See main: Gibbs and GoetheThe two only other people to have, independently, made connections between Gibbs and Goethe, being: American science historian and Gibbs science biographer Fielding Garrison (1910), who commented the following: 
“Suppose chemical substances to be represented by a number of men and women of varying degrees of strength of character and "attractiveness," and suppose the marital combinations or what Goethe called the "elective affinities" between these men and women to be determined by certain mysterious "laws."
If a man strong in character should mate with a woman, weaker but otherwise "attractive," or vice versa, one set of observers might affirm that the union was due to the man's superior potentiality or masculinity, others might maintain that the real strength in the combination or "affinity" lay in the woman's "attractiveness "; or vice versa. Curiously enough, these anthropomorphisms, which seem so plausible and fascinating in Goethe's novel, are daily and hourly employed to explain the facts of chemical combination.”
and American electrochemical engineer Libb Thims, who after discovering Goethe in 2006 spent the following 18-months and 14-days writing out the world's first textbook on human chemistry. 
The footnotes include references to the chemical affinity / chemical free energy works of Theophile De Donder (1922), Jacob Berzelius (?), Jacobus van’t Hoff, Willard Gibbs (1876), Torbern Bergman (1775), and C.M. Guldbergh and P. Waage (1864):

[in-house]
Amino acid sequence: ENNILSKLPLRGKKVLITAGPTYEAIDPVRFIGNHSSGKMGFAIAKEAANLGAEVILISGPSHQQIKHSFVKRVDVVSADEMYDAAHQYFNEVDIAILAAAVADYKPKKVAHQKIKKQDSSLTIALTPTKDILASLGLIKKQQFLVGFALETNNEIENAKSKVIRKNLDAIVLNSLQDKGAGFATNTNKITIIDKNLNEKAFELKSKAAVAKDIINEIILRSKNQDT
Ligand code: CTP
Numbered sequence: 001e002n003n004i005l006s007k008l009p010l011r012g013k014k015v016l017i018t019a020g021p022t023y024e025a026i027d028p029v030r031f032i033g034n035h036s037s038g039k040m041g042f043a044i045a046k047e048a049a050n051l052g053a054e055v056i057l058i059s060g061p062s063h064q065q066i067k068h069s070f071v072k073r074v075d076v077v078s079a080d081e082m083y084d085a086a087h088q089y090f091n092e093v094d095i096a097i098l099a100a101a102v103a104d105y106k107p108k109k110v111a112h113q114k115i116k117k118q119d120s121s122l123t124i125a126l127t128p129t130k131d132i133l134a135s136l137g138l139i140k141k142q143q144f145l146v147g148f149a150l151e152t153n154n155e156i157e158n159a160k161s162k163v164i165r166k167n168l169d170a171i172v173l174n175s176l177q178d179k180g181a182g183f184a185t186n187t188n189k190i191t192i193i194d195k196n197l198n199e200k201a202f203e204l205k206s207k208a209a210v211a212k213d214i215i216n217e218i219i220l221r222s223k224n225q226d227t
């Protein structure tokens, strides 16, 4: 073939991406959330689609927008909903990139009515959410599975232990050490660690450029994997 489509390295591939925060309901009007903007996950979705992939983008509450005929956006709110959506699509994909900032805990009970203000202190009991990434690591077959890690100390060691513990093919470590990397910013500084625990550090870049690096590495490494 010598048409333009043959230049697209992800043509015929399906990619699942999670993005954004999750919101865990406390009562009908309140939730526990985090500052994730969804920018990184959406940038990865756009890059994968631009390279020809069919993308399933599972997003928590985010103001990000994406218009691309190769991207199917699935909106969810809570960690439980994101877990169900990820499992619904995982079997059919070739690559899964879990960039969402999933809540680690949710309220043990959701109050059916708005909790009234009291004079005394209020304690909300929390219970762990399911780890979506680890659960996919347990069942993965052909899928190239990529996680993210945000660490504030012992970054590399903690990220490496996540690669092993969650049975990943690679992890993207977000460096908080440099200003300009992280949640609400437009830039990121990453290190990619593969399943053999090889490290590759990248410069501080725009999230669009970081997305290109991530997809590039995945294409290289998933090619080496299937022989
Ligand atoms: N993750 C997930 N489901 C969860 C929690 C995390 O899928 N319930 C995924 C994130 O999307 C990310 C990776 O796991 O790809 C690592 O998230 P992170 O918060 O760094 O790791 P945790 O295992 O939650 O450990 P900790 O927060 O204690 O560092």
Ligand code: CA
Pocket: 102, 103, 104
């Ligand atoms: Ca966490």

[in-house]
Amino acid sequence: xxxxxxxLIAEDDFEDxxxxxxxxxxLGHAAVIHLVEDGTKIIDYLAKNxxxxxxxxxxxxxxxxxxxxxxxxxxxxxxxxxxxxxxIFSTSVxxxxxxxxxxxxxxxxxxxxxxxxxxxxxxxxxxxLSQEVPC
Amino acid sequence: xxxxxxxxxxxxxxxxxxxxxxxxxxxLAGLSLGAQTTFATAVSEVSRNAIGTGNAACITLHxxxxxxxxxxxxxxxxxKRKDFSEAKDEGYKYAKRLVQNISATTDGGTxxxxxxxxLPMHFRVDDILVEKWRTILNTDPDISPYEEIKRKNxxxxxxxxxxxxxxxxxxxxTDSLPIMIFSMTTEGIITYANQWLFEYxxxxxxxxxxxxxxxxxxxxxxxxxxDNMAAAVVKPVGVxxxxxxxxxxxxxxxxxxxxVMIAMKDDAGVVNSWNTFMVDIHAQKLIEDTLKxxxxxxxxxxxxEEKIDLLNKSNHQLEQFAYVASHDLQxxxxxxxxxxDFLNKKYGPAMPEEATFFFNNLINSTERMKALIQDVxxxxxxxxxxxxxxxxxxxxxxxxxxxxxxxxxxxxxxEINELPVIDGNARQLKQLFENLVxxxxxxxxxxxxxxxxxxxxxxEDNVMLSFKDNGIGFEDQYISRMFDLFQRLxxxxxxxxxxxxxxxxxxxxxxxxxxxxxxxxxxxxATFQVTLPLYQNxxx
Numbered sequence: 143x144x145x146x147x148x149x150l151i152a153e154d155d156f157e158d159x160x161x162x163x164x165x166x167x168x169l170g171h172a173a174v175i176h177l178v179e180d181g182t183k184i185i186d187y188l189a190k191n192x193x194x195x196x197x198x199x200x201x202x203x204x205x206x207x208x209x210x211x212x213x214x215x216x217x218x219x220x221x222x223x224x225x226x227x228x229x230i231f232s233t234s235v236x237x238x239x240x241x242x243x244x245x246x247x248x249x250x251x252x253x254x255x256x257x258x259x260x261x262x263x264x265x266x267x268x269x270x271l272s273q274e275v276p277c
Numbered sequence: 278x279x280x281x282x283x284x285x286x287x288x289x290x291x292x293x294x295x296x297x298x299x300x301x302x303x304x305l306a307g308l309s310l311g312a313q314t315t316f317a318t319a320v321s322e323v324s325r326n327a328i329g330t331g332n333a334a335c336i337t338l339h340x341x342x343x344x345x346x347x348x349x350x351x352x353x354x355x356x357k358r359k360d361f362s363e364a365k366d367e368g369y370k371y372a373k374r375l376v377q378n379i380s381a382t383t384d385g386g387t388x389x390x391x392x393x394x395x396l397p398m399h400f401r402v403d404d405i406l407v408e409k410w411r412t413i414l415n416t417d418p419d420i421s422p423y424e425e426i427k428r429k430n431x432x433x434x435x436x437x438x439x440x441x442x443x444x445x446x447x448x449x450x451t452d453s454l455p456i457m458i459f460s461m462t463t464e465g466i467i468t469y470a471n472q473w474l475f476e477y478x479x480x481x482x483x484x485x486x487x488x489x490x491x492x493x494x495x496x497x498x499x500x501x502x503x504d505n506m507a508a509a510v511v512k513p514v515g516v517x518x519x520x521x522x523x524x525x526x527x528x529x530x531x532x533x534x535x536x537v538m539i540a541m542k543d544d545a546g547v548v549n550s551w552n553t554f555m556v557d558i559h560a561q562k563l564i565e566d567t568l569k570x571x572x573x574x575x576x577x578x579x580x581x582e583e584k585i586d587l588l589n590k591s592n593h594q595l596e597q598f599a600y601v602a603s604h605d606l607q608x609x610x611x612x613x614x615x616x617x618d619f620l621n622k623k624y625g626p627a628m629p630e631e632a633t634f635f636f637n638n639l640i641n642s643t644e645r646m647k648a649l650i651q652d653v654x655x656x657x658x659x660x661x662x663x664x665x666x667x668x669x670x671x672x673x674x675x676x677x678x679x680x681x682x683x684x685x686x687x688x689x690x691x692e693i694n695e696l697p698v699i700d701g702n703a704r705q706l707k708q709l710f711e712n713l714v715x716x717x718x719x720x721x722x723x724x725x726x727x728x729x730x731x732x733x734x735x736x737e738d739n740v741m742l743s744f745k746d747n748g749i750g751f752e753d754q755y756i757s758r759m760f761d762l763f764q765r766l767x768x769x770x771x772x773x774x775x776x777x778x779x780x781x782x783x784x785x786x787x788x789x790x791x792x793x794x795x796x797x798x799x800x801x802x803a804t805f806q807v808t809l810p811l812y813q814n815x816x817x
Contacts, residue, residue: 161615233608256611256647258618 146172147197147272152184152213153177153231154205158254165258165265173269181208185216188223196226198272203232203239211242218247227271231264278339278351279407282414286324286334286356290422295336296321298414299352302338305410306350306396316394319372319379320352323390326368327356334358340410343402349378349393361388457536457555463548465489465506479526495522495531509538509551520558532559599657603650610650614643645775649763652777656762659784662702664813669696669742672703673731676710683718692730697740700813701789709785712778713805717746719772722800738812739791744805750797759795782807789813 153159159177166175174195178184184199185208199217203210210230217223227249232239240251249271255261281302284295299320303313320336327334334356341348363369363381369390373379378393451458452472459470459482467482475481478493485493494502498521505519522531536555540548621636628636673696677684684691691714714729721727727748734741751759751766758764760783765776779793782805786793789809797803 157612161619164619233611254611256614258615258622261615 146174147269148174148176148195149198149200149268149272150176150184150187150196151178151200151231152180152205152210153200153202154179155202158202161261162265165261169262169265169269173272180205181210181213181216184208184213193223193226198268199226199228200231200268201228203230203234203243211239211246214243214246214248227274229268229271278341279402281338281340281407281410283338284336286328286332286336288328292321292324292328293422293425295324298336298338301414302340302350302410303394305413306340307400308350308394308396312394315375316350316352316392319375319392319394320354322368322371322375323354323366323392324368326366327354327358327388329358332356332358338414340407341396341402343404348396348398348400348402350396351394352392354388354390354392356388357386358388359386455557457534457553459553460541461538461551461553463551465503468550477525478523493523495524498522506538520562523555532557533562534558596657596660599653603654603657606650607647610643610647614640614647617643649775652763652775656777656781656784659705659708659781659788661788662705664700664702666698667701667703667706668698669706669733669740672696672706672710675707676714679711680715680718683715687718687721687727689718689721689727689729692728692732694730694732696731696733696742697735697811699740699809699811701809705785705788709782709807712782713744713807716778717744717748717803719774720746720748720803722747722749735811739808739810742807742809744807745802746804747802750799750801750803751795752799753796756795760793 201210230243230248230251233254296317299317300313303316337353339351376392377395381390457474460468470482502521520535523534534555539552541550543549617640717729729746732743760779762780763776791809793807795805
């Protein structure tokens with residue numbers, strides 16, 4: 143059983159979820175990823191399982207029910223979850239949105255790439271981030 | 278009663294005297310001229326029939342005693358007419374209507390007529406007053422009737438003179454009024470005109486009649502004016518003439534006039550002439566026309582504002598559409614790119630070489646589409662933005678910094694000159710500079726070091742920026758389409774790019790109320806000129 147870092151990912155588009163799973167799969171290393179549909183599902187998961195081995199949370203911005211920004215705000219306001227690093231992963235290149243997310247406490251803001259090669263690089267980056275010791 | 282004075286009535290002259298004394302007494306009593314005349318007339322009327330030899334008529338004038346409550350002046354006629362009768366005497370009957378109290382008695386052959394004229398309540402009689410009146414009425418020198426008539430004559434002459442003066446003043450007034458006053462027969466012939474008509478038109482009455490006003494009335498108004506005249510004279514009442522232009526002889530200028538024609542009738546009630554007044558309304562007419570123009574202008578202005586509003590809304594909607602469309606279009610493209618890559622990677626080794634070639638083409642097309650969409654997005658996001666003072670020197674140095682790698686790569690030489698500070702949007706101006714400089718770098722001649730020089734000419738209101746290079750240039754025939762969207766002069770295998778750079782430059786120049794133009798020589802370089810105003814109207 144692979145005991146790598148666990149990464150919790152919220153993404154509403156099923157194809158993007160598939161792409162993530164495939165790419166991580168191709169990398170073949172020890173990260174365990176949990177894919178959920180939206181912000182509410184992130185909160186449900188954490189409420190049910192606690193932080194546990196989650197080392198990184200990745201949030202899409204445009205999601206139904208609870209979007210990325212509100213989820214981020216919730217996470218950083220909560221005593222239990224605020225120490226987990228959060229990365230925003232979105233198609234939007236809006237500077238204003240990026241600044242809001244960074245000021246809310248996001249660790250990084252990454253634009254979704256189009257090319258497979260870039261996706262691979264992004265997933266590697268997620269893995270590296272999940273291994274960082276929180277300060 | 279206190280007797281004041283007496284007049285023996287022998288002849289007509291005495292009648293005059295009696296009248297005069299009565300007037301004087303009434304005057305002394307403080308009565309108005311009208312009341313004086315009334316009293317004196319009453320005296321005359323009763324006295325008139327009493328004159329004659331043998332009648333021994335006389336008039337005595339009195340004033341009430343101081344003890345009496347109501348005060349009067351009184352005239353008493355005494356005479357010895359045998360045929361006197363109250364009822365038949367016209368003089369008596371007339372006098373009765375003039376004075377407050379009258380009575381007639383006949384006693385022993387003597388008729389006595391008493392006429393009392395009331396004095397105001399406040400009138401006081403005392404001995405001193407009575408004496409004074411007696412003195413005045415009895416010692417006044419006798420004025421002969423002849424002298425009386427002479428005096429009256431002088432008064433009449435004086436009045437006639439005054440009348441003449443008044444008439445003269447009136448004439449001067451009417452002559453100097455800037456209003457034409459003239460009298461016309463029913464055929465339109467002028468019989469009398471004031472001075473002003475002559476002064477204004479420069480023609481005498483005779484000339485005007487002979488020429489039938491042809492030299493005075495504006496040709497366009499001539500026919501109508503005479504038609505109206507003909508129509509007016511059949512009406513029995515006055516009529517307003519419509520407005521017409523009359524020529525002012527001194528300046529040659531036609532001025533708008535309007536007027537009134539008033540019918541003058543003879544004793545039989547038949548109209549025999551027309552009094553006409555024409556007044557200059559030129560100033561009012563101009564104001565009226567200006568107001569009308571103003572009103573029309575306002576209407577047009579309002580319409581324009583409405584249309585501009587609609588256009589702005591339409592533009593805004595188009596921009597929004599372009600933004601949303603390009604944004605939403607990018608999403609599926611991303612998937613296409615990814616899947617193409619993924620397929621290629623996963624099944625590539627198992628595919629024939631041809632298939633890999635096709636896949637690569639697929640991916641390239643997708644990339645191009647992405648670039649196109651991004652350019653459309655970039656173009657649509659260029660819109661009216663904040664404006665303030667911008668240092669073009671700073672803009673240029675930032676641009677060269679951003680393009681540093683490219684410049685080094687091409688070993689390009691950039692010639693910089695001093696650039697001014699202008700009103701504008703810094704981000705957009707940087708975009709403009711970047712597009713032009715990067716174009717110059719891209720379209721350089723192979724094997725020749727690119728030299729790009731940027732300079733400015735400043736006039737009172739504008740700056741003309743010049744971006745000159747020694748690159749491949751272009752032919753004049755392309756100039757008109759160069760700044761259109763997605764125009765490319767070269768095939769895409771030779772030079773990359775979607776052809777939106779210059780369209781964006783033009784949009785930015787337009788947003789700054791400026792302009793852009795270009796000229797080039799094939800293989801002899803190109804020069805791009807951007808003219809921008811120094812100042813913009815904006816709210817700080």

Goethe, Johann. (1972). Elective Affinities. Insel Taschenbuch 1. Insel Verlag. Frankfurt am Main.
 Bergelins, J.J. (2000). Oxford Dictionary of Chemistry (pg. 68). Oxford University Press.
 Van’t Hoff, J.H. (1884). Etudes de Dynamique Chemique. Amsterdam: Frederick Muller & Co.
 Gibbs, J.W. (1961). The Scientific Papers of J. W. Gibbs. Dover.
 Goethe, J.W. (1971). Elective Affinities, trans. R.J. Hollingdale. Penguin Classics.
 Bergman, T.O. (1775). De Attractionibus Electivis, Upsala.
 ref. 18, Introduction to Hollingdale.
 ref. 18, pgs. 50-54.
● (a) De Donder, Theophile. (1922). “article”, Bull. Ac. Roy. De Belgique, Cl. des Sc. 5 serie, 8, 197.
(b) De Donder, Theophile. (1925). “article”, Comp. Rend. Acad. Sci. 180, 1334.
(c) De Donder, Theophile. (1936). Thermodynamic Theory of Affinity. Sanford Univ. Press, London.
● (a) Guldbergh and Waage (1867), are cited as the first to have arrived at the law of mass action.
(b) Quote: the most important issue of Guldberg and Waage seems to be that in an equilibrium system respective of processes balancing each other take place by a “chemical force” (chemical affinity) which is expressed in terms of “active masses” of chemical species.
(c) C.M. Guldbergh, P. Waage. (1879). “article”, J. Prakt. Chem. 19, 69.
The date of this chapter subsection seems to be a error, as Goethe did not even mention his soon-to-be scientific novella on human elective affinities until 1808. Hence, the date of 1806 by Keii seems to be a typo?
1. Keii, Tominaga. (2004). Heterogeneous Kinetics: Theory of Ziegler-Natta-Kaminsky (ch. 2: Thermodynamics of Chemical Reactions, pgs. 11-20; section: Chemical Affinity in 1806, pgs. 16-17). Springer.
2. Garrison, Fielding H. (1910). “A Note on Traube’s Theory of Osmosis and ‘Attraction-Pressure’” (elective affinities, pg. 285) Science, 32: 281-86.
3. (a) Thims, Libb. (2007). Human Chemistry (Volume One). Morrisville, NC: LuLu.
(b) Thims, Libb. (2007). Human Chemistry (Volume Two). Morrisville, NC: LuLu.